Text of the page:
Editorials

What California and PG&E are doing to prevent wildfires and save lives

Imagine this: Your home is in the path of a wildfire and you’ve been ordered to evacuate. You grab your keys, load up the pets, start the car that’s already been packed with emergency supplies … only to realize the garage door won't open because the power it out. You try to open it manually by pulling the bypass cord, but lack the strength.

Tragically, that’s what happened to at least five of the 44 victims of last year’s devastating Wine Country fires. According to the Santa Rosa Press Democrat, the victims ranged in age from 80 to 101; two were found inside their parked cars, others inside their homes or near their garages.

A garage door may sound like a little thing — a detail so easily overlooked it’s not even included in some evacuation checklists — but there were reports not only of deaths, but also of survivors who managed to escape only because they were able to flag down passers-by to help them raise their unwieldy garage doors.

In the aftermath of the Wine Country fires, one Northern California lawmaker has introduced a state bill that would require garage door manufacturers to offer a battery pack as a backup when selling new units.

We have another idea: Check and see whether you can open your door manually. If you can’t, have a battery pack installed.

And as we face the possibility of another horrific wildfire season, make other preparations, too: Learn your evacuation routes, keep your cell phones charged, your car full of gas and in good working order and have essentials — including medication, important documents, food and water for you and your pets — packed inside your car.

It would be far better, of course, not to have to escape a fire in the first place, which is where prevention efforts come in, both on a personal level — which includes maintaining defensible space around your home — and on community and regional levels.

There are a couple of advances on that front:

Last week, PG&E announced it will proactively shut down power lines “in areas where extreme fire conditions are occurring.”

That’s a measure PG&E has refused to take in the past; it’s claimed it would be too great a threat to public safety.

“These actions affect first responders and the operation of critical facilities such as hospitals, schools, water pumps and other essential services …” the company said in a statement to KQED.

Yet other utilities, including Southern California Edison and San Diego Gas & Electric, have “depowered” when high winds, high temperatures and low humidity pose extreme fire danger, in order to prevent downed lines from sparking a fire.

That makes sense. While a power outage has serious drawbacks, if it saves lives and prevents millions of dollars in property damage, it’s well worth it.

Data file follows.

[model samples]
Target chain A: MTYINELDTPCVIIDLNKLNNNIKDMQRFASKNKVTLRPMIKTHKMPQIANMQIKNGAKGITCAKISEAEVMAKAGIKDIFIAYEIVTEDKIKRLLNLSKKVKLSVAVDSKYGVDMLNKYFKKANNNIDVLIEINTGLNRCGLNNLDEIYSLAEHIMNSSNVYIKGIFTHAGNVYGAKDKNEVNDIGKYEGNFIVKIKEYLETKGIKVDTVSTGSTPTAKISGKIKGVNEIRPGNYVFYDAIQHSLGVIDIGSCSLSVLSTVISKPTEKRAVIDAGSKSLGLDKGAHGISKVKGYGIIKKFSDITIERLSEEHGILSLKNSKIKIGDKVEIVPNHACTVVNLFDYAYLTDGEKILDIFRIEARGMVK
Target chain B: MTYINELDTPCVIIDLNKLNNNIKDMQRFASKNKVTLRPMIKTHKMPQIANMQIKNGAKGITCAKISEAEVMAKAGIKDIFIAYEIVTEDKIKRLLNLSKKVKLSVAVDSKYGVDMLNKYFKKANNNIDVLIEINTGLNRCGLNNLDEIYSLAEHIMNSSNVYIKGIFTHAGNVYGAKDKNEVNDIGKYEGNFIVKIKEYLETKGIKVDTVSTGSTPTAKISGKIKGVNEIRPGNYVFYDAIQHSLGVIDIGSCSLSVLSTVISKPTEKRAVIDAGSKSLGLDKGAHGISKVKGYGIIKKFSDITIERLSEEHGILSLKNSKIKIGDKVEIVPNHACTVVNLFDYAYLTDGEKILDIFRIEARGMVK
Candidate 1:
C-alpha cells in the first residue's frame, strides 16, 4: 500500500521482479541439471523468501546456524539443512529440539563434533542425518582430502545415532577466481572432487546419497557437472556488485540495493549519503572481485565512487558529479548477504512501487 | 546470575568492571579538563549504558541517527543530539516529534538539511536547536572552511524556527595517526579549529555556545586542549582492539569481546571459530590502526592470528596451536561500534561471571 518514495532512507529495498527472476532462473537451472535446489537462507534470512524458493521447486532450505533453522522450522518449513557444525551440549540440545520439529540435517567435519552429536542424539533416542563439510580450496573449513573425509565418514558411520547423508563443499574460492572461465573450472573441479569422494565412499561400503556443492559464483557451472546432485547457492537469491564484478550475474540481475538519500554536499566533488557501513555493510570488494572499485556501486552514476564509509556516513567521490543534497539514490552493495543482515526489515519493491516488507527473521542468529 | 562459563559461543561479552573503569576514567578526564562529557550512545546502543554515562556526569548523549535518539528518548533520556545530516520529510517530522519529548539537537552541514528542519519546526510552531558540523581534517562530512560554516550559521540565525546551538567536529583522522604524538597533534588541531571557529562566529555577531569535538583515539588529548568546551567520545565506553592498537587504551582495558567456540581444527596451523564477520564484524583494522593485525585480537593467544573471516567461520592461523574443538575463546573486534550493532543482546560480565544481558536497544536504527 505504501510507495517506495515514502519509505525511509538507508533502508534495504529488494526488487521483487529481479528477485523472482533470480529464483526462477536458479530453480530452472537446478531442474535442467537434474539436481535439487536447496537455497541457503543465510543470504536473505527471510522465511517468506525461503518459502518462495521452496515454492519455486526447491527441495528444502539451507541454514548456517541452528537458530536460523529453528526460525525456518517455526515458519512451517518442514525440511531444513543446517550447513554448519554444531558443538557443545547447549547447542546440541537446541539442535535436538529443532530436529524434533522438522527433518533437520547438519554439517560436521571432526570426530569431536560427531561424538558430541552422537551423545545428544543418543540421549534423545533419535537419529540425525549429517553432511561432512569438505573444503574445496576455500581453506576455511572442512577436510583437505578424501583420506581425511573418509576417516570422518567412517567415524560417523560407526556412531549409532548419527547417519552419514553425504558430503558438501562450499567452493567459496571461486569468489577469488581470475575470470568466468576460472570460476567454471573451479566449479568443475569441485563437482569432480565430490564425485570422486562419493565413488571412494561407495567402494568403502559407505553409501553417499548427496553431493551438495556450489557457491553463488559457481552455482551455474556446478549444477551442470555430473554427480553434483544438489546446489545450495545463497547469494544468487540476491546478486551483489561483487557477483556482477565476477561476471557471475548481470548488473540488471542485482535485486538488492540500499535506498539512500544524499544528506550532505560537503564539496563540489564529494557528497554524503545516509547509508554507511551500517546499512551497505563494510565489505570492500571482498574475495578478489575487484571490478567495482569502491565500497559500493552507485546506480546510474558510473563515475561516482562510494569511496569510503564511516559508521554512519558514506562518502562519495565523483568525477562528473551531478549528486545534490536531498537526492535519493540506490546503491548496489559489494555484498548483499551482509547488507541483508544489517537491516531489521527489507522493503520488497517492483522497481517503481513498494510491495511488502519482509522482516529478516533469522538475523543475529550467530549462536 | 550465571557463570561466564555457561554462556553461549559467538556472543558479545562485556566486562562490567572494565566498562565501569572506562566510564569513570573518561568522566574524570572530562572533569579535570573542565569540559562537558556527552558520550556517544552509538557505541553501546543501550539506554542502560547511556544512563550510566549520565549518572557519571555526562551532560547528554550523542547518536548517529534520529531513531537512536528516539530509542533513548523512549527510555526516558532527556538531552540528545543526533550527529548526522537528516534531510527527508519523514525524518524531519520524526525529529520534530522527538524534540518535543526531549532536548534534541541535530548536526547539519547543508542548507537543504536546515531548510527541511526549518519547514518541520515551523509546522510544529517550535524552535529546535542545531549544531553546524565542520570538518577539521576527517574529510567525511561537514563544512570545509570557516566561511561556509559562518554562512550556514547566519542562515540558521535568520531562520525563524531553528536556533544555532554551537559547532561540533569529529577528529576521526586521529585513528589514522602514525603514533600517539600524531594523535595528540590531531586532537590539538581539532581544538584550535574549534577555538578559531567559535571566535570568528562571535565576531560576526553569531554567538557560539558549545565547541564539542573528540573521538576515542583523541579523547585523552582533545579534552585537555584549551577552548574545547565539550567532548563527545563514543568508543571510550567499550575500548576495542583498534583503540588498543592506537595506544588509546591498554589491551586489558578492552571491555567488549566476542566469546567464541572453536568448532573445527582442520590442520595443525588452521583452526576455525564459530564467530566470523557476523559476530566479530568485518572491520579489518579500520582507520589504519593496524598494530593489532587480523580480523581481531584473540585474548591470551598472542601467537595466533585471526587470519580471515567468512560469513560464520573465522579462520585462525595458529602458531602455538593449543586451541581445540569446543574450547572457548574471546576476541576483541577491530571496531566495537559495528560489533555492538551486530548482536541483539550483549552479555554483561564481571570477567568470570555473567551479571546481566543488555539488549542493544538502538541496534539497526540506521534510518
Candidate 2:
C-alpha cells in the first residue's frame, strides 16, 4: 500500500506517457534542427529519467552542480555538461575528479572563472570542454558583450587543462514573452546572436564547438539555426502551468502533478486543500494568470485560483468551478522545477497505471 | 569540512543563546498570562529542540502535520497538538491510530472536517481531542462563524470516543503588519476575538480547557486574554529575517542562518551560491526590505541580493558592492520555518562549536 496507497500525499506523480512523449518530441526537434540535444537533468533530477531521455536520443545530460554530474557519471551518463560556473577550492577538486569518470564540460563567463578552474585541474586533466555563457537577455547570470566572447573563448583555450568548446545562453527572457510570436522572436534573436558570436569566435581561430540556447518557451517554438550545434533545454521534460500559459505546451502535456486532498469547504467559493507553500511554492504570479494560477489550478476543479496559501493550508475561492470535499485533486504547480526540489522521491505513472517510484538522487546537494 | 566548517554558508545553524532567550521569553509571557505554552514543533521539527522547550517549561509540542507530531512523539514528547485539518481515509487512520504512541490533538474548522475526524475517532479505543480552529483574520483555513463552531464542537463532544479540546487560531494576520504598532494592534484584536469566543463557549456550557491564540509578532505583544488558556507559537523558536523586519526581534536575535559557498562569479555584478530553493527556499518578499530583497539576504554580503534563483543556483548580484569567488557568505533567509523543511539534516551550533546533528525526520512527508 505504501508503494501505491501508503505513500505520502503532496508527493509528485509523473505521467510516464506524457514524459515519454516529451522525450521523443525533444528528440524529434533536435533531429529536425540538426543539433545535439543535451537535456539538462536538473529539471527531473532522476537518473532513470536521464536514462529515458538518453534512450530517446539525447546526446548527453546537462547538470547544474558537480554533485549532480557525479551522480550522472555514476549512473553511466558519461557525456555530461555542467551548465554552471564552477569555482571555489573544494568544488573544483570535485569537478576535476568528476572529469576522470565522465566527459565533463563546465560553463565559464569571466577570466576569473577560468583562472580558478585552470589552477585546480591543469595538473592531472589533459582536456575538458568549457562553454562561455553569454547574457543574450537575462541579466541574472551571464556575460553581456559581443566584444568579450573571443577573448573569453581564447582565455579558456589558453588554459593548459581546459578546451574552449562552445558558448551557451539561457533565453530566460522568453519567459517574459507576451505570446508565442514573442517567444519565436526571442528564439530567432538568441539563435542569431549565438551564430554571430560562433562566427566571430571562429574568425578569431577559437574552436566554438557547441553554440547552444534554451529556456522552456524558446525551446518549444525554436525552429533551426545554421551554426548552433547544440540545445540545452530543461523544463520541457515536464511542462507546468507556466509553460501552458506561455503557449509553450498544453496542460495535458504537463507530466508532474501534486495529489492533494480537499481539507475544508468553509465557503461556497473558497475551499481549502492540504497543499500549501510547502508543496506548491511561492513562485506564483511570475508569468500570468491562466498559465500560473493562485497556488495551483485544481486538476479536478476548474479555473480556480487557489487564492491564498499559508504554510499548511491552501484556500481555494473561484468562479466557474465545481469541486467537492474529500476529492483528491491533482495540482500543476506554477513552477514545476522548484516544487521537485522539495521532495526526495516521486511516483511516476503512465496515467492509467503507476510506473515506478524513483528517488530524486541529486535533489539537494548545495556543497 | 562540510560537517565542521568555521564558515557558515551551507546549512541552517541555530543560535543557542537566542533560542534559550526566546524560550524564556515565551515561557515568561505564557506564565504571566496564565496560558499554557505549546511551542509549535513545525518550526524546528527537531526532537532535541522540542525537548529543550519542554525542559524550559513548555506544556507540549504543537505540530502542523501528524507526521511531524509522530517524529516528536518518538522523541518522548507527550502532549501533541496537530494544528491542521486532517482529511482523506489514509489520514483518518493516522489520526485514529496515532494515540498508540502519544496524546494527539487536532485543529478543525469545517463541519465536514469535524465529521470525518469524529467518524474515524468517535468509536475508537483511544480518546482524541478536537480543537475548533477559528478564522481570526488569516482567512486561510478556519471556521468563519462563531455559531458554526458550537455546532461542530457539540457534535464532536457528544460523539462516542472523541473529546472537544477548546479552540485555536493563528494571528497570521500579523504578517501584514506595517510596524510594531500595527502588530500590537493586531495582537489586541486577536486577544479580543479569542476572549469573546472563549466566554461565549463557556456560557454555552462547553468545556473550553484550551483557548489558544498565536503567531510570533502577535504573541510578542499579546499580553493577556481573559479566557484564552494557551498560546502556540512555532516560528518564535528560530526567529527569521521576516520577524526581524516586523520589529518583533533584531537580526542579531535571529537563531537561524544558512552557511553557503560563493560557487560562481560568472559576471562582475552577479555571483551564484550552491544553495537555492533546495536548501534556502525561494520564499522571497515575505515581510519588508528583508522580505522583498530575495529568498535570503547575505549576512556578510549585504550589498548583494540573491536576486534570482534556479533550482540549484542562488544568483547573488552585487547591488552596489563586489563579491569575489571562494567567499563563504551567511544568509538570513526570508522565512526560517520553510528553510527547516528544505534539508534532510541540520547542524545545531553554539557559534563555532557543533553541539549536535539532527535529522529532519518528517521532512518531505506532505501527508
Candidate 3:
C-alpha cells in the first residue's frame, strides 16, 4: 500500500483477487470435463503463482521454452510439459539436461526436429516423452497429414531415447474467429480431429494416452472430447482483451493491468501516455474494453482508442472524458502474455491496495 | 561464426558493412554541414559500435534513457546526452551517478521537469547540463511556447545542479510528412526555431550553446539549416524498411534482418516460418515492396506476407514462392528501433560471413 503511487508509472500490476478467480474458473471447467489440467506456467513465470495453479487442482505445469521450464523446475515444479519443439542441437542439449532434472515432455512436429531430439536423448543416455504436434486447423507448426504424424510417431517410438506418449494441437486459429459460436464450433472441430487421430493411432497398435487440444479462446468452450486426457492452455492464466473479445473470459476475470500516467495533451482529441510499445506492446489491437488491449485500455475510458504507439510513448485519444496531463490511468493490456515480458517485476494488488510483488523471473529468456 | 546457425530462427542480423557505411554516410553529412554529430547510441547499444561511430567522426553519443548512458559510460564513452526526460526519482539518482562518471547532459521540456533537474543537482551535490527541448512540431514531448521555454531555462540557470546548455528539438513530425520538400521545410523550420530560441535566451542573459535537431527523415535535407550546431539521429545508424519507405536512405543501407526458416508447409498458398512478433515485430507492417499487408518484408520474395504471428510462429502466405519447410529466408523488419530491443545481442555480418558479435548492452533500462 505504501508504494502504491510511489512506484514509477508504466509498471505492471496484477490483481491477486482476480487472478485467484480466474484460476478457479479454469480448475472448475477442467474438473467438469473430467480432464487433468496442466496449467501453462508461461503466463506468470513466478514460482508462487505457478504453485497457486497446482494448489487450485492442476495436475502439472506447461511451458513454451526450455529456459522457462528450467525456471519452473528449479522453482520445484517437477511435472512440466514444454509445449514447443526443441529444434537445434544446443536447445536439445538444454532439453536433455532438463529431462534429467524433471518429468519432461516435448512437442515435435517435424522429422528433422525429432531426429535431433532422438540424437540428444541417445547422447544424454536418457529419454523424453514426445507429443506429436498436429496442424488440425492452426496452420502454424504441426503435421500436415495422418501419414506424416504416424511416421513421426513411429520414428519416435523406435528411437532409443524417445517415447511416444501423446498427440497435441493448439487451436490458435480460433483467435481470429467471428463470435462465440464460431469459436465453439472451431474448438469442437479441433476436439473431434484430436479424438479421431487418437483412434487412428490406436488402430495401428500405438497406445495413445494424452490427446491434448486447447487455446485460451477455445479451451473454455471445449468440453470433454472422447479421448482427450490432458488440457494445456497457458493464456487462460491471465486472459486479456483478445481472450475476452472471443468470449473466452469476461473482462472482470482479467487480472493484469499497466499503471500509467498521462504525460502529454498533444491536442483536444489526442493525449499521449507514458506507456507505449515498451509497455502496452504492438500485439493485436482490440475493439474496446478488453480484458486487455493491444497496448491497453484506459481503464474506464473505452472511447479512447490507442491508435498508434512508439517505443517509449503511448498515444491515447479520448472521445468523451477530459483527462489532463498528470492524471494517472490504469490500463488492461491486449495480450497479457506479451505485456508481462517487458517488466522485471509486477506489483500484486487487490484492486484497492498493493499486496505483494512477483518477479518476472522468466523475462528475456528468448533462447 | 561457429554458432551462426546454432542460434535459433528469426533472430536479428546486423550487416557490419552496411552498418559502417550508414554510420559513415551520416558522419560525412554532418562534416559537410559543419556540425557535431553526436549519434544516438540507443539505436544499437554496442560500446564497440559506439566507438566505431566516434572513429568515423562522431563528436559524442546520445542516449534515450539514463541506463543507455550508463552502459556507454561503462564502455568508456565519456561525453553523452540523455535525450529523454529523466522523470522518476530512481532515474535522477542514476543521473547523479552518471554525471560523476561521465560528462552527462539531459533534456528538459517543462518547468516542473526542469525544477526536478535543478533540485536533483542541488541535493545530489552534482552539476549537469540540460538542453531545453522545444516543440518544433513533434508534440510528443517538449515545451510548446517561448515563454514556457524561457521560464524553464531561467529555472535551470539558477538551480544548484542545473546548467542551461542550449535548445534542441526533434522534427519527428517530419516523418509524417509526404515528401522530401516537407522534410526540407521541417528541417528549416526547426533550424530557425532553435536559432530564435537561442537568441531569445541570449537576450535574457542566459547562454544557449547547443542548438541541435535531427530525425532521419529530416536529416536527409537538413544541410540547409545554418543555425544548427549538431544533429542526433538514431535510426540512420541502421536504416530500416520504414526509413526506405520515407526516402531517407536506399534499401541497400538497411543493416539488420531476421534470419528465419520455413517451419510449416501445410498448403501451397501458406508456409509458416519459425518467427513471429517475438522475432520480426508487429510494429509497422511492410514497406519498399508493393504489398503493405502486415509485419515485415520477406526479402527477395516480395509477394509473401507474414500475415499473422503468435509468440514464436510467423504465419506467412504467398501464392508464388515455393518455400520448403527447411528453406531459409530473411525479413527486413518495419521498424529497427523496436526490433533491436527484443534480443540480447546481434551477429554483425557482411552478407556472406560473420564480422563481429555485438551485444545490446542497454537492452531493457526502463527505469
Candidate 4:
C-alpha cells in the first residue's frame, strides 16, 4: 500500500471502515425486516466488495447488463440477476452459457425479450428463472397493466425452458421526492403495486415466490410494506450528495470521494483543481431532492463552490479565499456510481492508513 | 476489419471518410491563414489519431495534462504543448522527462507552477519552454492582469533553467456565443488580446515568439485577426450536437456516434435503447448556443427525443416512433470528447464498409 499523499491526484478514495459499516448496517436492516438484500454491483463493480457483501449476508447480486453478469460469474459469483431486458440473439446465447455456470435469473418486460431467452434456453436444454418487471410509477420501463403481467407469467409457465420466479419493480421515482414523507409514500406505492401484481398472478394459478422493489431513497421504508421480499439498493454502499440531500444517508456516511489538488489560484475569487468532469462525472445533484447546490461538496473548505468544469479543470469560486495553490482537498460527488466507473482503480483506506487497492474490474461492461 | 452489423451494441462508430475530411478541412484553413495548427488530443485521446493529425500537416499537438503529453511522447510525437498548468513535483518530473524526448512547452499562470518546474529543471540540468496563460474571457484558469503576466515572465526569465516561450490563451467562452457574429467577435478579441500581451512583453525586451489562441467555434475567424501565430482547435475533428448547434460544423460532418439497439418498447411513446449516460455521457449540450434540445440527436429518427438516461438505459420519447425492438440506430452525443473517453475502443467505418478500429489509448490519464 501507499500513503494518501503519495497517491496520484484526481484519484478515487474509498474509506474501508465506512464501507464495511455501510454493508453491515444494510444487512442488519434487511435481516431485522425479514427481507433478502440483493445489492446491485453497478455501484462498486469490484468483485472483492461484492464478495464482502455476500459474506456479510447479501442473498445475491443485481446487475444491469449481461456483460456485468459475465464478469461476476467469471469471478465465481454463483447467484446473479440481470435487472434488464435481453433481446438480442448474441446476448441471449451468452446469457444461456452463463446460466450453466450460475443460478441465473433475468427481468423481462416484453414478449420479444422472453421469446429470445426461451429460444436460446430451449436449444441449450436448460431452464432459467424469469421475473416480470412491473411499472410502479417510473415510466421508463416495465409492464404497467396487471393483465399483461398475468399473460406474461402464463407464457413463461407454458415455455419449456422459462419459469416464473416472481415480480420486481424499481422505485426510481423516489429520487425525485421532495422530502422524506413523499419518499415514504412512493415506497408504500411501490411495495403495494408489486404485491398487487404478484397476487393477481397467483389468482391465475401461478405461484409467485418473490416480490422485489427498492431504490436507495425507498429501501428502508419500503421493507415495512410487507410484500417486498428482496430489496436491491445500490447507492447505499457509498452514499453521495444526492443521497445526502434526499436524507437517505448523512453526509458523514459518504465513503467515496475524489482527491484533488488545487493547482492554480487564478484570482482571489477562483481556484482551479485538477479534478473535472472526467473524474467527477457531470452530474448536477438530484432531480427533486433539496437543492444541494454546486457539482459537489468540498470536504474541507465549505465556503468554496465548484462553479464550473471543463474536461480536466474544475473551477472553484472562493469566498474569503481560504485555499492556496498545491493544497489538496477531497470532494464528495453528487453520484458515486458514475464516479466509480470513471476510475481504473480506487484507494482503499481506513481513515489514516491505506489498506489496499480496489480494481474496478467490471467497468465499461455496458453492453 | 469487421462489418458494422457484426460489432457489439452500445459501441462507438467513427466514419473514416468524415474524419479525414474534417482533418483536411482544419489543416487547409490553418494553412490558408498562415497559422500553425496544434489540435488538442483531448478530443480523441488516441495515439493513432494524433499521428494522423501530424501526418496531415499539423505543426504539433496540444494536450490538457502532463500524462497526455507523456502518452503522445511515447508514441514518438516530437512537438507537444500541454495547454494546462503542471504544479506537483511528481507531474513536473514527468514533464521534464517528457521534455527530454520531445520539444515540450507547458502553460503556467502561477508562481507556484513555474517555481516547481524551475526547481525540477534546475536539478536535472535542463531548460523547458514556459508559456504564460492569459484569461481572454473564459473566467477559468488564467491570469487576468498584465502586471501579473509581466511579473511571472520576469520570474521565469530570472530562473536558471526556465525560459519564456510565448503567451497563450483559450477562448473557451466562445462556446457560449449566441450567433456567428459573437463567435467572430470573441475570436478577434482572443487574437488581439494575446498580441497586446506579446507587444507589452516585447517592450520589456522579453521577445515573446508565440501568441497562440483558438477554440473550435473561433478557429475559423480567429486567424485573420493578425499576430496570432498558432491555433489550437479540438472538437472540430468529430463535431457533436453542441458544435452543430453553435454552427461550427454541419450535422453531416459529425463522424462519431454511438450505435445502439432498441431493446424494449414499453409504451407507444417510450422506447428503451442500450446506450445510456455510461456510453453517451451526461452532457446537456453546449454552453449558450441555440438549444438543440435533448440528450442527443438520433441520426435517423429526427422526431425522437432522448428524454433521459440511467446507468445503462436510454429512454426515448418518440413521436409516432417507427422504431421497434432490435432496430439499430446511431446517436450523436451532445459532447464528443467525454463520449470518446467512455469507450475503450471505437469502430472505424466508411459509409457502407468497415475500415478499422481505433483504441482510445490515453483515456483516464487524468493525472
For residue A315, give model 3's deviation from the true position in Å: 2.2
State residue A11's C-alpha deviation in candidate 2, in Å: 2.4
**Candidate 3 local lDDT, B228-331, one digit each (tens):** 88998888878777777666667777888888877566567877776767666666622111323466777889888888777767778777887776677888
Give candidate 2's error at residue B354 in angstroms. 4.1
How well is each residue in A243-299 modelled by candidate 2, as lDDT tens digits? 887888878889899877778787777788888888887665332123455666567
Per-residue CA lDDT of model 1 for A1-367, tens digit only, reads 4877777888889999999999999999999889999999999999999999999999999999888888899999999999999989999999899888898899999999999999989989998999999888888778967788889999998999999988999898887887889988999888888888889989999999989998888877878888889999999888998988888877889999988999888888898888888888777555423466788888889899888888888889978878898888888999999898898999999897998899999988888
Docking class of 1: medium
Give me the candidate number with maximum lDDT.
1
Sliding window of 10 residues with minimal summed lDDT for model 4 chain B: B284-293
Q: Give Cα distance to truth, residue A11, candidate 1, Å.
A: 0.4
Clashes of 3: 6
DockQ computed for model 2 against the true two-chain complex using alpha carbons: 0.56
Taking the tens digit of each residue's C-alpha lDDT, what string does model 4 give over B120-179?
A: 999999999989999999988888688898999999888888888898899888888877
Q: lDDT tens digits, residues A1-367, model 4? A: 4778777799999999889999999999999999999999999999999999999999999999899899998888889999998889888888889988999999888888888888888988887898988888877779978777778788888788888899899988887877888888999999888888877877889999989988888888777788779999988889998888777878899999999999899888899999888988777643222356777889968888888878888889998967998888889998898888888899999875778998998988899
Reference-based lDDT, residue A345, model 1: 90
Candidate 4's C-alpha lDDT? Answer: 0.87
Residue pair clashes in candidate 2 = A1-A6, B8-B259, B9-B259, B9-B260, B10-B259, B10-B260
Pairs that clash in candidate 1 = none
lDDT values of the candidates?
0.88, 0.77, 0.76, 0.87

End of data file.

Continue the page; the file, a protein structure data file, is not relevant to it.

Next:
To prepare for fire season PG&E is taking other steps as well:

  • Establishing a Wildfire Safety Operations Center to monitor wildfire risks and coordinate prevention and response efforts with first responders;

  • Adding PG&E staff to respond to wildfires, protect poles, power lines and other electrical equipment during fires;

  • Installing a network of PG&E-owned and operated weather stations across the service area;

  • Adopting new standards to keep trees and limbs farther away from power lines.

This makes business sense for PG&E, which faces huge financial liability in connection with the Wine Country fires — so much so that it suspended dividend payments to stockholders last year.

Assistance also is coming from another source: the federal government. The $1.3 trillion budget signed by President Trump last week included an additional $2 billion per year for 10 years to fight wildfires, which means money to fight fires will no longer have to be borrowed from the U.S. Forest Service’s budget for fire prevention.

That's been standard practice up until now. Due to the severity of recent fire seasons, the Forest Service had to spend more than half of its total annual budget on fighting fires, which meant dipping into other accounts, including those for clearing brush and dead trees.

One disappointment: The full amount of the additional funding doesn’t kick in until 2020; this fiscal year, there will only be an additional $500 million in the federal budget for firefighting efforts.

Still, with an increased budget, the Forest Service should be better able to plan for fire prevention. That’s especially important in California, where dying forests pose a major fire hazard; there are more than 100 million dead trees in the Sierra Nevada, and scientists are warning of the potential for more huge wildfires.

Closer to home, dead pines remain a big concern in Cambria, though Supervisor Bruce Gibson, whose district includes Cambria, said the community has done an impressive job of focusing on prevention and preparation.

“Folks are staying safe, clearing defensible space and getting ready to respond if there is an emergency,” he said.

That includes getting familiar with evacuation routes, having emergency kits packs and ready to go — and checking those garage doors.

This includes contributions from The Sacramento Bee Editorial Board.

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